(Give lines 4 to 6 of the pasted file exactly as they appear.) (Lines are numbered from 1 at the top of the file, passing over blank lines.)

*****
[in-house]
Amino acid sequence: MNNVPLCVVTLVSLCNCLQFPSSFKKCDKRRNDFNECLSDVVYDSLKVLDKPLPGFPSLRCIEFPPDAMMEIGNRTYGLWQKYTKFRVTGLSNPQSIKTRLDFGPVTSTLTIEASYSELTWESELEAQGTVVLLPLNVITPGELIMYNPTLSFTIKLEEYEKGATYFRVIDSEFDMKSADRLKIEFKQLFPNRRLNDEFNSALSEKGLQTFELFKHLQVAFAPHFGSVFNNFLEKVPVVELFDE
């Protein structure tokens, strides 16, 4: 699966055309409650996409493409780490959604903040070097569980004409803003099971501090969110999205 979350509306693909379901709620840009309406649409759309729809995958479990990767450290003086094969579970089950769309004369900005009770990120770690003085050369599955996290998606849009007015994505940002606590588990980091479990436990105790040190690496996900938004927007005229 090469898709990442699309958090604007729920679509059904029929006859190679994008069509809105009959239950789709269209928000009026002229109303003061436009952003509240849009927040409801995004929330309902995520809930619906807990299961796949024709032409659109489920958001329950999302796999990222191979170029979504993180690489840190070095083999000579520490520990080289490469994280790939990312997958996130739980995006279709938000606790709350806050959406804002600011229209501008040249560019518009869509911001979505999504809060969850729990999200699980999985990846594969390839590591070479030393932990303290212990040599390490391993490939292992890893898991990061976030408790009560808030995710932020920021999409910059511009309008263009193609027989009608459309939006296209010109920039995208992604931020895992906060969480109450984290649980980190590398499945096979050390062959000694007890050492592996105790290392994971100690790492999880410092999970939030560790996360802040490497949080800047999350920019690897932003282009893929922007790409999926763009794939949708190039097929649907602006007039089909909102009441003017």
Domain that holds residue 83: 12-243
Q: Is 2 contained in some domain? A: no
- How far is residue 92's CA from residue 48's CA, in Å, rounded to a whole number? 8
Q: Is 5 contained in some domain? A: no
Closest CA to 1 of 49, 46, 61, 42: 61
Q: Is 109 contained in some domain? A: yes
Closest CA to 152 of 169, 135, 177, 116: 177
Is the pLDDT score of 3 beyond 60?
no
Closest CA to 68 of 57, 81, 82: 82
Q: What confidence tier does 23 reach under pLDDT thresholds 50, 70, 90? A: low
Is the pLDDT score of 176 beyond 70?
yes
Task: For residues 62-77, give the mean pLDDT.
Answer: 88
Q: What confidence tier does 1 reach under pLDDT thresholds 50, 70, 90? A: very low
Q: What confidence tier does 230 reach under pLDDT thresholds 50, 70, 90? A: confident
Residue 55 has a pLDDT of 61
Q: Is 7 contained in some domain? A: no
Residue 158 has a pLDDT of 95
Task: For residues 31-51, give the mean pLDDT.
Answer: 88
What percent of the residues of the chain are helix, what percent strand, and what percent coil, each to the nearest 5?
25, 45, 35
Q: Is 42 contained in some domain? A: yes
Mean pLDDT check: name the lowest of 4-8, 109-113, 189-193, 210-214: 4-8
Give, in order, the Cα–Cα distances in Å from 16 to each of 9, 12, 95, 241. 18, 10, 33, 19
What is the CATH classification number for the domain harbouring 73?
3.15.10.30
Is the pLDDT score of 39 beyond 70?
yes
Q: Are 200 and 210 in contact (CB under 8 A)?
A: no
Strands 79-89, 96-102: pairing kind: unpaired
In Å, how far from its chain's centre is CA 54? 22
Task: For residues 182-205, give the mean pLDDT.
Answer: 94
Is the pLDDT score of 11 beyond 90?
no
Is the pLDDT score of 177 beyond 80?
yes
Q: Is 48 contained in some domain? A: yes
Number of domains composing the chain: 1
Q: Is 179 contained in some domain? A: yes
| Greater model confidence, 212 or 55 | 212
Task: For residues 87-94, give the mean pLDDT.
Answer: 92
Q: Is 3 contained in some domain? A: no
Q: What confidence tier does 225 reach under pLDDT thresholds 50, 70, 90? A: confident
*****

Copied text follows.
Domain that holds residue 83: 12-243
Q: Is 2 contained in some domain? A: no
- How far is residue 92's CA from residue 48's CA, in Å, rounded to a whole number? 8